lihn·zee (noun)

  1. Novice author with sunshine for blood
  2. Avid watcher of movies and reader of books
  3. Connoisseur of deliciousness (whether food or handsome face)
  4. Perpetuator of positivity
  5. Lover of people, regardless of acquaintance
  6. Gryffindor

can be confused with: ridiculous, forgetful, nerdy, over-affectionate, Mormon, libertarian, tree-hugger.


I also have an awesome brother: machinargo!
If he ever posts anything, y'all should follow him.

Read the Printed Word!


30 Day Writing Project Meme: Day 3

Explain your POVs and style of writing used.

Third person, limited.

Why? Because I’ve always liked it better. I have personal issues with first person (which, in my mind, is the only other viable option for writing a novel; especially a YA fiction novel) such as the unpalatable redundancy of the words “I” and “me.” -shudder- With third person, you can use epithets (and kennings, to a degree) to avoid repeating she/he as well as their name.

Also, I just find it harder to write because— as with most of my problems— I think too hard. Most of the time I can’t get another word out because I’m just sitting there thinking that this character would not want to tell this story, or describe that necessary detail, or relate that scene. The way I see it, first person is a firsthand retelling by the character, or the reader is sitting in their head. And I can’t write like that. There are things that need to be said that the character wouldn’t notice, or think.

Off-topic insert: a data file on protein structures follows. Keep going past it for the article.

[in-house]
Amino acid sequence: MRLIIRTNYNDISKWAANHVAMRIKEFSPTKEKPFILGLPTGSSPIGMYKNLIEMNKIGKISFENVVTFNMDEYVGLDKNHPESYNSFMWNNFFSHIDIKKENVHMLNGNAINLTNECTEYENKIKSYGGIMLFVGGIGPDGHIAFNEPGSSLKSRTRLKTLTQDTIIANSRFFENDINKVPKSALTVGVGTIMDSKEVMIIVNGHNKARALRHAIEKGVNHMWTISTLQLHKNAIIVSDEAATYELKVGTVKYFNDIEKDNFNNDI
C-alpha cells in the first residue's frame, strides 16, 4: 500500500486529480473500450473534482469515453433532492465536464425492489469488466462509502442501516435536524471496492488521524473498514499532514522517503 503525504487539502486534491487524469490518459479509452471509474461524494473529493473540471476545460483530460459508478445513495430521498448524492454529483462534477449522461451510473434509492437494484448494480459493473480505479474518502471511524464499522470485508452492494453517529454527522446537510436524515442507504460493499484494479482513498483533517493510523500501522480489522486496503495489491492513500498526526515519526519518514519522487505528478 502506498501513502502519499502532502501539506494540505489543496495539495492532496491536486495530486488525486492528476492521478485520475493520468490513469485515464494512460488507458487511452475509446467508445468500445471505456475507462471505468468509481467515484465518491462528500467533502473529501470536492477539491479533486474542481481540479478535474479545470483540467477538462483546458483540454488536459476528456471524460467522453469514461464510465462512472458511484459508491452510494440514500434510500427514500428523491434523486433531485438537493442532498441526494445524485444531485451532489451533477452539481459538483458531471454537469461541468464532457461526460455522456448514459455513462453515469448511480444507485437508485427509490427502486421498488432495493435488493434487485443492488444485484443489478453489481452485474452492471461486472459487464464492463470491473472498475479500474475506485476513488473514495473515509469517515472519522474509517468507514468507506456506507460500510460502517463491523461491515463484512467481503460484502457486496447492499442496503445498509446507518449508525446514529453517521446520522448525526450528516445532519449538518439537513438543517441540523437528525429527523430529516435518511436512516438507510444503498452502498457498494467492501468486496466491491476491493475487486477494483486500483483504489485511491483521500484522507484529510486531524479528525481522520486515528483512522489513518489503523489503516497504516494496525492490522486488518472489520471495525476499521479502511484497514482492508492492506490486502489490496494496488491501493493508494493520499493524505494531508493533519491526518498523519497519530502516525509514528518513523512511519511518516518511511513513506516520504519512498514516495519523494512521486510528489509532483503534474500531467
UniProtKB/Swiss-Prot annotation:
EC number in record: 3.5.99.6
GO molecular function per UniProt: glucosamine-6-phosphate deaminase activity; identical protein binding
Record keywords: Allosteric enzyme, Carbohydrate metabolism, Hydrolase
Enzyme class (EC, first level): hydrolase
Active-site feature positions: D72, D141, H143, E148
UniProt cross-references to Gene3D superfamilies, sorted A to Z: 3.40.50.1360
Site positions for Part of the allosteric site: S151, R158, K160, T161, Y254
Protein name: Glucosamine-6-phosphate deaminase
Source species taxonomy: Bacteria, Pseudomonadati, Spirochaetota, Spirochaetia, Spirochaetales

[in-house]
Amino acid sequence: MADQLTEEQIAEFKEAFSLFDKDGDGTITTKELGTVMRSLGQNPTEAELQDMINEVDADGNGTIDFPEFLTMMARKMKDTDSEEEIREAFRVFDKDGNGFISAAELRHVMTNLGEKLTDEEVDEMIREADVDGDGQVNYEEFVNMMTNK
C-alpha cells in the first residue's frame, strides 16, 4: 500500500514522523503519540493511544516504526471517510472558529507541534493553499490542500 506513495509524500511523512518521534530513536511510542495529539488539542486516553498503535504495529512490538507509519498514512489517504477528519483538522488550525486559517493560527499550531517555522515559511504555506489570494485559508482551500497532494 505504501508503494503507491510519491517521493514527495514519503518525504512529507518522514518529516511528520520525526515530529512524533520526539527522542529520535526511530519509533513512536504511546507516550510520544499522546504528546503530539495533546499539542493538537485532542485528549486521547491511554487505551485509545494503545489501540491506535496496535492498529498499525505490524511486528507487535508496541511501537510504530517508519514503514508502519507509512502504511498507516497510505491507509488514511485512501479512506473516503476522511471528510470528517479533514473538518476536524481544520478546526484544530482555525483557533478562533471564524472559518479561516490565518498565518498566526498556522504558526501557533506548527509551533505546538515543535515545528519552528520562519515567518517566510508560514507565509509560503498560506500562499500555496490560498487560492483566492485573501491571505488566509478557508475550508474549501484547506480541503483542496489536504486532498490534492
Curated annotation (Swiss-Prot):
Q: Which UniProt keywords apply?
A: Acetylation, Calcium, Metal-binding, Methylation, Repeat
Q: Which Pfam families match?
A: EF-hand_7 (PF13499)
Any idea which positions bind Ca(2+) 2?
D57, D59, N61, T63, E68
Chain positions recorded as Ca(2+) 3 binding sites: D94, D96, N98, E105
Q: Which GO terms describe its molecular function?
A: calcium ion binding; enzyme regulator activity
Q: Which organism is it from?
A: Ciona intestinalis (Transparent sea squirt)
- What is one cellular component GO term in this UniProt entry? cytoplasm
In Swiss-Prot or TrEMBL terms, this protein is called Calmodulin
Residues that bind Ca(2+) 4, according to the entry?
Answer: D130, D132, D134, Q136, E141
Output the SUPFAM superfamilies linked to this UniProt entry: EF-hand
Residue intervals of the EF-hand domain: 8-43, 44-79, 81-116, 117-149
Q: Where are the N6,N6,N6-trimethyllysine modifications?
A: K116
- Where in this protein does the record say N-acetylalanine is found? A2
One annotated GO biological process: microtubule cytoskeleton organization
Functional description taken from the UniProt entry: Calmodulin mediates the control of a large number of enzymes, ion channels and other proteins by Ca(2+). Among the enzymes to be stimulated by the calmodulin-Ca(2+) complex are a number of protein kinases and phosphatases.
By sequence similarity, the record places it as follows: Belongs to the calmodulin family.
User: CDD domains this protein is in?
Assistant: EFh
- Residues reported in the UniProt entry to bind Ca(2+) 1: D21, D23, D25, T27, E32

Besides— the story I’m writing right now is pretty well action-driven, not character-driven. (I mean, duh, the characters are an integral part of the all-important story and the action is just a part of the story, but as far as plot and book goes, it’s the what’s-going-on and action that happens to the character that changes and drives the story and keeps the reader’s interest; as opposed to internal conflicts, etc.) And third person is better suited to that kind of story, I think.

  1. wrongnottoswing posted this